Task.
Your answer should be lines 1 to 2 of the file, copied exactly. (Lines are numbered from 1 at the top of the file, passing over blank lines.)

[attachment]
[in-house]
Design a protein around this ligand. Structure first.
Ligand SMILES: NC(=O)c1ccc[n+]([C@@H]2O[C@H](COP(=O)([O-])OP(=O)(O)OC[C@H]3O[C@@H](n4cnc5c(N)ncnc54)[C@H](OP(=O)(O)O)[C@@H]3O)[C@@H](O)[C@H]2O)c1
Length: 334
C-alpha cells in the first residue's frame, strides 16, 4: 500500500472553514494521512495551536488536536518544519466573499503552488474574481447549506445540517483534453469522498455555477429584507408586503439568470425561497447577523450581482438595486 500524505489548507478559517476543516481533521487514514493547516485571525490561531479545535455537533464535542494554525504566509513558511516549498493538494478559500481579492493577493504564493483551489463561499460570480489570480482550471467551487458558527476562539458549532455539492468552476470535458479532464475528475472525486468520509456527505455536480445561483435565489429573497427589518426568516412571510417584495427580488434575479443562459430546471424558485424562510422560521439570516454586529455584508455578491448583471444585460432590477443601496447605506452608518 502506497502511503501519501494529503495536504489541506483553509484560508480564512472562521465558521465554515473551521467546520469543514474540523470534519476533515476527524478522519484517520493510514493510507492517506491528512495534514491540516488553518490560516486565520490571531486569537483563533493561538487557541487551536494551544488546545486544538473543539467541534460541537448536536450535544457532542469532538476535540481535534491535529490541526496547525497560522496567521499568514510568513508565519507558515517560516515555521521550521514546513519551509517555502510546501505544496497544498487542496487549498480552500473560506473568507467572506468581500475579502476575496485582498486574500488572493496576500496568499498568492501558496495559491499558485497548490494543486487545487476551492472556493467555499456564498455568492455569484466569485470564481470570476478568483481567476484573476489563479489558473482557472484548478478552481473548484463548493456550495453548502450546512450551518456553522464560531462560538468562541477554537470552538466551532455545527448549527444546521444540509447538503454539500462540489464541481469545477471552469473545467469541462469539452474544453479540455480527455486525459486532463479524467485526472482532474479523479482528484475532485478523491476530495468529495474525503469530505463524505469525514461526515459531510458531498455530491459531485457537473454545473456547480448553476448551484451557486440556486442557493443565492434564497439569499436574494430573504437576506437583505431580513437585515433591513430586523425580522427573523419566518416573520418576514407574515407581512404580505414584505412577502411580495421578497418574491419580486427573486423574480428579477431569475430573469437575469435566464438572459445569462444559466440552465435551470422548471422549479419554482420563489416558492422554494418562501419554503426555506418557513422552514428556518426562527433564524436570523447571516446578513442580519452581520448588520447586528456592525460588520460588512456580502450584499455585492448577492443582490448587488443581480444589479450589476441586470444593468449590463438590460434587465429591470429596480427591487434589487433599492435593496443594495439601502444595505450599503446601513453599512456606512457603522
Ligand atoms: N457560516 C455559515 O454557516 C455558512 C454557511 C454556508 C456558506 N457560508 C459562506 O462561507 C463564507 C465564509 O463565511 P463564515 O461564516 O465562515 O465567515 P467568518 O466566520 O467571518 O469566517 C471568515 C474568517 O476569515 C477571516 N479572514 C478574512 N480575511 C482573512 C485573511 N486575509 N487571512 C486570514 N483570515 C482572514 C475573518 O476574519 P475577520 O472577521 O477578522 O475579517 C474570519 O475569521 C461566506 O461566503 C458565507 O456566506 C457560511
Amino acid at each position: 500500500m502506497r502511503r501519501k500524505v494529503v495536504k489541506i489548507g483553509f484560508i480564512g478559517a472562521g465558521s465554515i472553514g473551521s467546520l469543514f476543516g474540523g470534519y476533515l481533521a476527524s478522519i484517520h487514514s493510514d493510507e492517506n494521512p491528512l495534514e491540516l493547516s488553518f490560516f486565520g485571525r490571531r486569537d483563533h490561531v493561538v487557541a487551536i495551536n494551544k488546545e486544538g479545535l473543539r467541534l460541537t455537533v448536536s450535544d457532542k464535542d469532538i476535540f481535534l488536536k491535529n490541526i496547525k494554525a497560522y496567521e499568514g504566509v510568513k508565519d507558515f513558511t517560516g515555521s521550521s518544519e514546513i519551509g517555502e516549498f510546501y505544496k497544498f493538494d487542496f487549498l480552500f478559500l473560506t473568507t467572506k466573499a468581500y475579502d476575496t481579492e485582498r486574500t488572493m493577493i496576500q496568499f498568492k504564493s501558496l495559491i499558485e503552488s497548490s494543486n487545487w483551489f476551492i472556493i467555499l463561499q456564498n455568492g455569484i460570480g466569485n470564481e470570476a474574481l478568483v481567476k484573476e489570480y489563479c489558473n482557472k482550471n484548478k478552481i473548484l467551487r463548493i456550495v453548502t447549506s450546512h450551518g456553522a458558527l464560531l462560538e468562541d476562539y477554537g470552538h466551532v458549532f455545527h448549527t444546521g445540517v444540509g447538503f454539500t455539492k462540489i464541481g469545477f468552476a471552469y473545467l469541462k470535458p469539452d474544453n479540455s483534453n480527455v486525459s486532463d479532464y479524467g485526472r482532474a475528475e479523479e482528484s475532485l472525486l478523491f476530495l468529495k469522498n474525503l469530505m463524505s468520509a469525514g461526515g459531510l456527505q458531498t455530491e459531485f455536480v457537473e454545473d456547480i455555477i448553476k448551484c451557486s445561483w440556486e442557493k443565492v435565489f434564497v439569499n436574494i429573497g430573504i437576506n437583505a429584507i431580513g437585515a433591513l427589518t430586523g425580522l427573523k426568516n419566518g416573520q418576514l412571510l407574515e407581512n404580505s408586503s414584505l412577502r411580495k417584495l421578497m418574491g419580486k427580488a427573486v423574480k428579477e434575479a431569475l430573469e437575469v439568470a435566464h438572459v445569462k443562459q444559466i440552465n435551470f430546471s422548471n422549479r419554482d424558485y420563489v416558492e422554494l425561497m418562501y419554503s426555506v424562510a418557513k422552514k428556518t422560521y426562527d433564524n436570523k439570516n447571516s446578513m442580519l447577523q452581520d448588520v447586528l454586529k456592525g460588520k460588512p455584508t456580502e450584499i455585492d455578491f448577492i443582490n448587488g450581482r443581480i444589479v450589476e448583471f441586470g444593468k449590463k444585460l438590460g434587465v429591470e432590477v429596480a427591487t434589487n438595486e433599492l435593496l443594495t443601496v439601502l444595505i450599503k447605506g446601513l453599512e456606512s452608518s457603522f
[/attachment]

[in-house]
Design a protein around this ligand. Structure first.